January 27, 2022

Privacy: Senator Al Franken Sends Letter to CEO of Oculus Rift Requesting Info on Collection, Storage, and Sharing of Users’ Personal Data

From the Office of Sen. Al Franken (D-MN):

Today, U.S. Sen. Al Franken (D-Minn.) called on the makers of Oculus Rift, a just-launched virtual reality technology system, to explain how it plans to protect its users’ very sensitive location data.

According to its privacy statement, Oculus Rift automatically collects its users’ location data—including precise physical movements and dimensions—and could share it with third parties. In a letter sent Thursday, Sen. Franken expressed concern about the extent of this data collection and asked several questions about what the company is doing with the data it collects.

“Oculus’ creation of an immersive virtual reality experience is an exciting development, but it remains important to understand the extent to which Oculus may be collecting Americans’ personal information, including sensitive location data, and sharing that information with third parties,” said Sen. Franken, top Democrat on the Senate Privacy and Technology Subcommittee. “I believe Americans have a fundamental right to privacy, and that right includes an individual’s access to information about what data are being collected about them, how the data are being treated, and with whom the data are being shared. As virtual reality technology evolves, I ask that you provide more information on Rift and how Oculus is addressing issues of privacy and security.”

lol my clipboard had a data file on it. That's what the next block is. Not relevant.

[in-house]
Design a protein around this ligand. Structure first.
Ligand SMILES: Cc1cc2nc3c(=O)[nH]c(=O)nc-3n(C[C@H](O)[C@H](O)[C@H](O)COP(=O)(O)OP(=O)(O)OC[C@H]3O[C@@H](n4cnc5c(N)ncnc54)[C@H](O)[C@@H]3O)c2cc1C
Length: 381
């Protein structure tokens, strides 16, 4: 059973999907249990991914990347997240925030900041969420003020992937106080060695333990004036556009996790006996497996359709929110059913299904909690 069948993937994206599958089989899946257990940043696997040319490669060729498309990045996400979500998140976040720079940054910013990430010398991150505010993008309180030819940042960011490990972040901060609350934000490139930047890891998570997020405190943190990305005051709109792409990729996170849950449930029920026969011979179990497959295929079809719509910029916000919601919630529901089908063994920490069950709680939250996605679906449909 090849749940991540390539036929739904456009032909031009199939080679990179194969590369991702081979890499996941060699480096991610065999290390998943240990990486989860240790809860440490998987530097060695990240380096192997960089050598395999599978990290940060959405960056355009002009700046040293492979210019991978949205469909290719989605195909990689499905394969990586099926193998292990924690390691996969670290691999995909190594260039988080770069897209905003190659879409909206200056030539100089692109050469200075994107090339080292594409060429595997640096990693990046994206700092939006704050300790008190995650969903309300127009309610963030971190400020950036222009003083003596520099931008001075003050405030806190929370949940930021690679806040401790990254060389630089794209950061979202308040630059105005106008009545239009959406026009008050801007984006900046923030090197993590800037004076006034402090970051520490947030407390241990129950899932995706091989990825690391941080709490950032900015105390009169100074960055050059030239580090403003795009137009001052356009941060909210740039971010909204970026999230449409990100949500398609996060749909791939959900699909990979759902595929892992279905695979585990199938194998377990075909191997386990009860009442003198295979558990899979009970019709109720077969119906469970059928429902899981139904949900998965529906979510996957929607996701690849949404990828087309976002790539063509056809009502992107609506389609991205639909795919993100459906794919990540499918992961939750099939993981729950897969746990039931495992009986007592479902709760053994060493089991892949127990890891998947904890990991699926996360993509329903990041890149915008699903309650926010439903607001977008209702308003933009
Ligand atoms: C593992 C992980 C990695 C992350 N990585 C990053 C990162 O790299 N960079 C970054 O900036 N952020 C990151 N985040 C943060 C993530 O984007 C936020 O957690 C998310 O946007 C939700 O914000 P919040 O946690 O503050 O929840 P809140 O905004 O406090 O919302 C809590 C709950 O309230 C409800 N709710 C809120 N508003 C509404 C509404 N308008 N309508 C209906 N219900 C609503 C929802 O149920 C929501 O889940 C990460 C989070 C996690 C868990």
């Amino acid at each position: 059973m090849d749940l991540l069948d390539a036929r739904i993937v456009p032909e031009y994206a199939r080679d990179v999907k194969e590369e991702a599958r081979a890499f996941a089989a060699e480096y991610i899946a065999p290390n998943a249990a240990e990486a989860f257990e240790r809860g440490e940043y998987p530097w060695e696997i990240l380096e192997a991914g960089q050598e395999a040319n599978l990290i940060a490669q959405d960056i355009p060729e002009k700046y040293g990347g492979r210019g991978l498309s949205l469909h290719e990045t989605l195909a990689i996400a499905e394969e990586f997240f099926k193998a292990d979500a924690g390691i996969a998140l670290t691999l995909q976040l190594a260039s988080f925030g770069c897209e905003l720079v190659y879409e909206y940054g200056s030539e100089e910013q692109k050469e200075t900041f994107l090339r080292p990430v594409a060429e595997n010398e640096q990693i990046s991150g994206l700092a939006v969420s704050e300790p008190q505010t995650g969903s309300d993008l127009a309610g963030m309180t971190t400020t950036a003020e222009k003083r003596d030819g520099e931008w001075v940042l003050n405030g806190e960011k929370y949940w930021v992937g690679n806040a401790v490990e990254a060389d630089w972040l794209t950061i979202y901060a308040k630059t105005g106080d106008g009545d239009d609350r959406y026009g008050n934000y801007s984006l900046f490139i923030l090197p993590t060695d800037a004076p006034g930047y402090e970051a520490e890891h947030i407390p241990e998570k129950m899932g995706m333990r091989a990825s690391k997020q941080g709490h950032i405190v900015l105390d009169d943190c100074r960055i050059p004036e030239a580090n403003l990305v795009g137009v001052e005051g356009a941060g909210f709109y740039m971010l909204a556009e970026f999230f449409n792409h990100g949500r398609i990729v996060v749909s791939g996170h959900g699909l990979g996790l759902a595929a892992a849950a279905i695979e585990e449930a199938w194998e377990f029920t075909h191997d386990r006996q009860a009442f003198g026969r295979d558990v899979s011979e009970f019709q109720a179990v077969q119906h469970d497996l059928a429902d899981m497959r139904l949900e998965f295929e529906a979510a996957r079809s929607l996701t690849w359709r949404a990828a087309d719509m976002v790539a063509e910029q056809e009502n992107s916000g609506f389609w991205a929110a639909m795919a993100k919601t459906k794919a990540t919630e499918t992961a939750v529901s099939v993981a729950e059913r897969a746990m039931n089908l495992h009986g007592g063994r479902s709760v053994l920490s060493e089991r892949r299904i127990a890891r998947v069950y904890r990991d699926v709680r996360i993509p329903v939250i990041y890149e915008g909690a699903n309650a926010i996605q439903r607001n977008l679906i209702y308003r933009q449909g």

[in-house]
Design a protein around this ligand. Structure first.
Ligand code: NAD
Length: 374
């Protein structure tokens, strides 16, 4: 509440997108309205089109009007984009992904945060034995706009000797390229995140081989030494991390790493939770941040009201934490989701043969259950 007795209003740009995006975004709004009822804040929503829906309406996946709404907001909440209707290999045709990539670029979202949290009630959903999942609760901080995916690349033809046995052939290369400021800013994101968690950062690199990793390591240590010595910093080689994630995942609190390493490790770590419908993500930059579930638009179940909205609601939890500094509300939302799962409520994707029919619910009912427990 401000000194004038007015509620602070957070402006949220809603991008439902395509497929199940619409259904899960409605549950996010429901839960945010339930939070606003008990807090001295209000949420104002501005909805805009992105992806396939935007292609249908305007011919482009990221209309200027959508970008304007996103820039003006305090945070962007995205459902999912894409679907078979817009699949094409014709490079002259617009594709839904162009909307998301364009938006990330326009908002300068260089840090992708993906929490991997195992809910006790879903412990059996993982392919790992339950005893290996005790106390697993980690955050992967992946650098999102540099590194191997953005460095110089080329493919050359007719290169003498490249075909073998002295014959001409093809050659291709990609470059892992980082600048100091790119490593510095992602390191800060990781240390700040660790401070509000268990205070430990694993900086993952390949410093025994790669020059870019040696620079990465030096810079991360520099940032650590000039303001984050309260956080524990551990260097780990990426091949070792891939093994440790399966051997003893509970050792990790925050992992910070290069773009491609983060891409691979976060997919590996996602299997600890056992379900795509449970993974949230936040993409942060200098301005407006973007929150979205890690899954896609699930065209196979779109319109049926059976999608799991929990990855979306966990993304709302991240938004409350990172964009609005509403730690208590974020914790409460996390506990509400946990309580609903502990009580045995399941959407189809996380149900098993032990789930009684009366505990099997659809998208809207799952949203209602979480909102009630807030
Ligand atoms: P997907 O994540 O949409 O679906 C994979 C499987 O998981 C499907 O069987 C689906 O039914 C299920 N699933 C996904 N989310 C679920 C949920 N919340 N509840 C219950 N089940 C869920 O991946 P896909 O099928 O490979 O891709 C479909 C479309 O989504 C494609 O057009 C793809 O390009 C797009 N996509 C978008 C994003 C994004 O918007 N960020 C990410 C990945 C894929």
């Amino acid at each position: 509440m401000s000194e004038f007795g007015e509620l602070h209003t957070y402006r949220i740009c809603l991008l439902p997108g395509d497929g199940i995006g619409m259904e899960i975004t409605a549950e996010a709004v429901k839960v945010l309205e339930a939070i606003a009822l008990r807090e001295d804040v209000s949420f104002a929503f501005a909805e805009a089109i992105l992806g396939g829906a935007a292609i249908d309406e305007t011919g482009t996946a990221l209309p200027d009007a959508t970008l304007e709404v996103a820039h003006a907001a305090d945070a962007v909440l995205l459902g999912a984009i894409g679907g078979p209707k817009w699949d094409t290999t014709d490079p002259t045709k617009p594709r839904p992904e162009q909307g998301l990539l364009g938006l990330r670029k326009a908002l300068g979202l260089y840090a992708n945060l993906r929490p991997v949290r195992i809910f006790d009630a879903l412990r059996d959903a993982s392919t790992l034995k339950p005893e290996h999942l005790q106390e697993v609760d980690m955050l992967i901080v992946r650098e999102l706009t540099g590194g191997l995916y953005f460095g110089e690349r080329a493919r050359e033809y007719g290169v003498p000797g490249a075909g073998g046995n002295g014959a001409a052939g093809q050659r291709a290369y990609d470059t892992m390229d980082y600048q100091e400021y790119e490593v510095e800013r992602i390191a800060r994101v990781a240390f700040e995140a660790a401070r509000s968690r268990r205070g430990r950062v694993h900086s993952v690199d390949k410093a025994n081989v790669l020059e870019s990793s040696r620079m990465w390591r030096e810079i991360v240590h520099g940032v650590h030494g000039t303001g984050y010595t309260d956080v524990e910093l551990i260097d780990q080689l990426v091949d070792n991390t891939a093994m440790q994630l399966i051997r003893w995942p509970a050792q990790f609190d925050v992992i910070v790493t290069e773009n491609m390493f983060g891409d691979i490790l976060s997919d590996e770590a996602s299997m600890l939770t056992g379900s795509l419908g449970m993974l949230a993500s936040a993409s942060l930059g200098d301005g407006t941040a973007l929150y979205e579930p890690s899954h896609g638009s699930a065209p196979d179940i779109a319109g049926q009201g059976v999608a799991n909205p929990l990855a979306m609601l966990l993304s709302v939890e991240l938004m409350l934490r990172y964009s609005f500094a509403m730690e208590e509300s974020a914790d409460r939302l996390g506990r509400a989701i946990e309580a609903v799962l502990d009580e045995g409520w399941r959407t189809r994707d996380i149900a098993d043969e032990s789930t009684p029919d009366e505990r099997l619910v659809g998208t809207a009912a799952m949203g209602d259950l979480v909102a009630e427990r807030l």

In March 2014, Oculus Rift was acquired by Facebook.

The letter to Oculus Rift CEO Brendan Iribe is available here and also embedded below.

Letter From Sen. Al Franken to Brendan Iribe, CEO of Oclus Rift

About Gary Price

Gary Price (gprice@mediasourceinc.com) is a librarian, writer, consultant, and frequent conference speaker based in the Washington D.C. metro area. Before launching INFOdocket, Price and Shirl Kennedy were the founders and senior editors at ResourceShelf and DocuTicker for 10 years. From 2006-2009 he was Director of Online Information Services at Ask.com, and is currently a contributing editor at Search Engine Land.